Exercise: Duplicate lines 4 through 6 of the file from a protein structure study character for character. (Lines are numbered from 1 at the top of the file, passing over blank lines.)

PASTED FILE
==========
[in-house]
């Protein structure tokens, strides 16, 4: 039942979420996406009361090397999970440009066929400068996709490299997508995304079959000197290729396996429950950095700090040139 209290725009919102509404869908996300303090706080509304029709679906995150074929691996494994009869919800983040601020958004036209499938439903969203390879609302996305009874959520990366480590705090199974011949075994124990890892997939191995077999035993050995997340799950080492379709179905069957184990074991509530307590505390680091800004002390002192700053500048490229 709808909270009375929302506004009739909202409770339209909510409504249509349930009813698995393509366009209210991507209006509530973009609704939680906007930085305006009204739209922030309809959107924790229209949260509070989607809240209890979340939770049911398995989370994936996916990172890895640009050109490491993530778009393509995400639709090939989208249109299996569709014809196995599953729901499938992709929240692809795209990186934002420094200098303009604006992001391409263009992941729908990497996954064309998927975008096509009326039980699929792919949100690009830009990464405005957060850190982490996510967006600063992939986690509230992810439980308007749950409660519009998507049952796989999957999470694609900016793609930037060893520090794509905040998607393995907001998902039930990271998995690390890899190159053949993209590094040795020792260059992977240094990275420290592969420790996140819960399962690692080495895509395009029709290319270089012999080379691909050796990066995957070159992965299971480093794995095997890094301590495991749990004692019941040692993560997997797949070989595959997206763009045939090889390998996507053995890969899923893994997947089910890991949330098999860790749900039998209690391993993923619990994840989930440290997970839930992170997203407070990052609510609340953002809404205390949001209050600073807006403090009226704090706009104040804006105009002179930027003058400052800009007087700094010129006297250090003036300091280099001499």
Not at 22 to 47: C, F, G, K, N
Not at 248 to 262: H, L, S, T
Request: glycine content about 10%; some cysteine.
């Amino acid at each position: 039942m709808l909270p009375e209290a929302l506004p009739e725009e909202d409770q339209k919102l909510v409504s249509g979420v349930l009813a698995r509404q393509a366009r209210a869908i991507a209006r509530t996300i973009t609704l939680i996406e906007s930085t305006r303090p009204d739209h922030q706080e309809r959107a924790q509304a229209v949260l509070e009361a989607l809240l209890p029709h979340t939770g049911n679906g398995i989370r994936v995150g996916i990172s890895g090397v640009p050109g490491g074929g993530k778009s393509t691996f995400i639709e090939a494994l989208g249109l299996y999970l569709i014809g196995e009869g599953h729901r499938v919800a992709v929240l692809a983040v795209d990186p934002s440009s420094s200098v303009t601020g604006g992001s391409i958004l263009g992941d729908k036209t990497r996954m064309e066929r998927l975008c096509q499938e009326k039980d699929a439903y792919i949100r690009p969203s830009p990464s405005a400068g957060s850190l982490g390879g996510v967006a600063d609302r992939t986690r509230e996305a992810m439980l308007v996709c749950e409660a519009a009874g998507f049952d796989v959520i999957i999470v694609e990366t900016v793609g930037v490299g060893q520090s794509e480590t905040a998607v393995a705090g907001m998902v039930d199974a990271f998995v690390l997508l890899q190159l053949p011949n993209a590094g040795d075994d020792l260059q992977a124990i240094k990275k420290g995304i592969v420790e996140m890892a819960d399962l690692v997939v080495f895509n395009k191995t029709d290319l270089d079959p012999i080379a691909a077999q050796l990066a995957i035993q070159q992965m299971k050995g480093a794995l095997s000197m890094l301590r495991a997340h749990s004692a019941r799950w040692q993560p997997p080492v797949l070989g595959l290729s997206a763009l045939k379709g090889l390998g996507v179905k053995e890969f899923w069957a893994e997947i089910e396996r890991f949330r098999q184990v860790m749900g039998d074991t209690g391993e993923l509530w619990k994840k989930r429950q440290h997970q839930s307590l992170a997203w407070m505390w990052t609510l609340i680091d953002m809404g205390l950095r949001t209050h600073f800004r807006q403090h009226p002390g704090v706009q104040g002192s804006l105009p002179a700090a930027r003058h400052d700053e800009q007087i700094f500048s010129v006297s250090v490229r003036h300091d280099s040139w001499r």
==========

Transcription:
Not at 248 to 262: H, L, S, T
Request: glycine content about 10%; some cysteine.
């Amino acid at each position: 039942m709808l909270p009375e209290a929302l506004p009739e725009e909202d409770q339209k919102l909510v409504s249509g979420v349930l009813a698995r509404q393509a366009r209210a869908i991507a209006r509530t996300i973009t609704l939680i996406e906007s930085t305006r303090p009204d739209h922030q706080e309809r959107a924790q509304a229209v949260l509070e009361a989607l809240l209890p029709h979340t939770g049911n679906g398995i989370r994936v995150g996916i990172s890895g090397v640009p050109g490491g074929g993530k778009s393509t691996f995400i639709e090939a494994l989208g249109l299996y999970l569709i014809g196995e009869g599953h729901r499938v919800a992709v929240l692809a983040v795209d990186p934002s440009s420094s200098v303009t601020g604006g992001s391409i958004l263009g992941d729908k036209t990497r996954m064309e066929r998927l975008c096509q499938e009326k039980d699929a439903y792919i949100r690009p969203s830009p990464s405005a400068g957060s850190l982490g390879g996510v967006a600063d609302r992939t986690r509230e996305a992810m439980l308007v996709c749950e409660a519009a009874g998507f049952d796989v959520i999957i999470v694609e990366t900016v793609g930037v490299g060893q520090s794509e480590t905040a998607v393995a705090g907001m998902v039930d199974a990271f998995v690390l997508l890899q190159l053949p011949n993209a590094g040795d075994d020792l260059q992977a124990i240094k990275k420290g995304i592969v420790e996140m890892a819960d399962l690692v997939v080495f895509n395009k191995t029709d290319l270089d079959p012999i080379a691909a077999q050796l990066a995957i035993q070159q992965m299971k050995g480093a794995l095997s000197m890094l301590r495991a997340h749990s004692a019941r799950w040692q993560p997997p080492v797949l070989g595959l290729s997206a763009l045939k379709g090889l390998g996507v179905k053995e890969f899923w069957a893994e997947i089910e396996r890991f949330r098999q184990v860790m749900g039998d074991t209690g391993e993923l509530w619990k994840k989930r429950q440290h997970q839930s307590l992170a997203w407070m505390w990052t609510l609340i680091d953002m809404g205390l950095r949001t209050h600073f800004r807006q403090h009226p002390g704090v706009q104040g002192s804006l105009p002179a700090a930027r003058h400052d700053e800009q007087i700094f500048s010129v006297s250090v490229r003036h300091d280099s040139w001499r």